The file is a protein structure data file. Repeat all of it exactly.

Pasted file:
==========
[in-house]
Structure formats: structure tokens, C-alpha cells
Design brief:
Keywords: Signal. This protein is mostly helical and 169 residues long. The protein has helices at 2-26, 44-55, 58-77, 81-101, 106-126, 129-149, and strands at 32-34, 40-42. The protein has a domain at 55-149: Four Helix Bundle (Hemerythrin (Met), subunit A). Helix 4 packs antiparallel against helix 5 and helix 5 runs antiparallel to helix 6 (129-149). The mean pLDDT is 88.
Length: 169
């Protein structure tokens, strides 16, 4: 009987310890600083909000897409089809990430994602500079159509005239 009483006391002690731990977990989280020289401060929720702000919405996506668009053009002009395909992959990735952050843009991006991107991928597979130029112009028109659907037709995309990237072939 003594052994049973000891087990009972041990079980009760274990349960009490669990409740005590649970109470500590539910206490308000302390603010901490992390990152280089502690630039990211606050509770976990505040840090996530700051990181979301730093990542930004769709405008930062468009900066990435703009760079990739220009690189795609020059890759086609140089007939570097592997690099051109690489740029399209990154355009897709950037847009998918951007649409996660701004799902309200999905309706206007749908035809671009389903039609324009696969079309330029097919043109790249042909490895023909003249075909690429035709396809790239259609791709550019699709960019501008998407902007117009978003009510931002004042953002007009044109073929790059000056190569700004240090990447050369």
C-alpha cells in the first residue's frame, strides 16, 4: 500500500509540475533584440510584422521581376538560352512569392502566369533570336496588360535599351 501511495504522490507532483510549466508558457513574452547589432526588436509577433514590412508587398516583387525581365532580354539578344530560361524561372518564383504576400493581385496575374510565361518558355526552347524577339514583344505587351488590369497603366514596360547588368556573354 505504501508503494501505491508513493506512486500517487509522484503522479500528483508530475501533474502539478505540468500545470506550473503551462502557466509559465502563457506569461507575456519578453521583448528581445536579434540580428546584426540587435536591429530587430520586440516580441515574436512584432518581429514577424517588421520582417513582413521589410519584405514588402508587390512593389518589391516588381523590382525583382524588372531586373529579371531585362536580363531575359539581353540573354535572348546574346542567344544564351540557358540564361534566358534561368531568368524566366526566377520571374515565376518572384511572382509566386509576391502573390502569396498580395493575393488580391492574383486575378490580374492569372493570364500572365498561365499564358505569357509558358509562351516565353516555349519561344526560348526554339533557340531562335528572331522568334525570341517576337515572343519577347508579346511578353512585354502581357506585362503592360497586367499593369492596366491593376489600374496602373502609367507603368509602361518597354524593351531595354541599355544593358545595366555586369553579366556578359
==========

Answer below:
[in-house]
Structure formats: structure tokens, C-alpha cells
Design brief:
Keywords: Signal. This protein is mostly helical and 169 residues long. The protein has helices at 2-26, 44-55, 58-77, 81-101, 106-126, 129-149, and strands at 32-34, 40-42. The protein has a domain at 55-149: Four Helix Bundle (Hemerythrin (Met), subunit A). Helix 4 packs antiparallel against helix 5 and helix 5 runs antiparallel to helix 6 (129-149). The mean pLDDT is 88.
Length: 169
């Protein structure tokens, strides 16, 4: 009987310890600083909000897409089809990430994602500079159509005239 009483006391002690731990977990989280020289401060929720702000919405996506668009053009002009395909992959990735952050843009991006991107991928597979130029112009028109659907037709995309990237072939 003594052994049973000891087990009972041990079980009760274990349960009490669990409740005590649970109470500590539910206490308000302390603010901490992390990152280089502690630039990211606050509770976990505040840090996530700051990181979301730093990542930004769709405008930062468009900066990435703009760079990739220009690189795609020059890759086609140089007939570097592997690099051109690489740029399209990154355009897709950037847009998918951007649409996660701004799902309200999905309706206007749908035809671009389903039609324009696969079309330029097919043109790249042909490895023909003249075909690429035709396809790239259609791709550019699709960019501008998407902007117009978003009510931002004042953002007009044109073929790059000056190569700004240090990447050369």
C-alpha cells in the first residue's frame, strides 16, 4: 500500500509540475533584440510584422521581376538560352512569392502566369533570336496588360535599351 501511495504522490507532483510549466508558457513574452547589432526588436509577433514590412508587398516583387525581365532580354539578344530560361524561372518564383504576400493581385496575374510565361518558355526552347524577339514583344505587351488590369497603366514596360547588368556573354 505504501508503494501505491508513493506512486500517487509522484503522479500528483508530475501533474502539478505540468500545470506550473503551462502557466509559465502563457506569461507575456519578453521583448528581445536579434540580428546584426540587435536591429530587430520586440516580441515574436512584432518581429514577424517588421520582417513582413521589410519584405514588402508587390512593389518589391516588381523590382525583382524588372531586373529579371531585362536580363531575359539581353540573354535572348546574346542567344544564351540557358540564361534566358534561368531568368524566366526566377520571374515565376518572384511572382509566386509576391502573390502569396498580395493575393488580391492574383486575378490580374492569372493570364500572365498561365499564358505569357509558358509562351516565353516555349519561344526560348526554339533557340531562335528572331522568334525570341517576337515572343519577347508579346511578353512585354502581357506585362503592360497586367499593369492596366491593376489600374496602373502609367507603368509602361518597354524593351531595354541599355544593358545595366555586369553579366556578359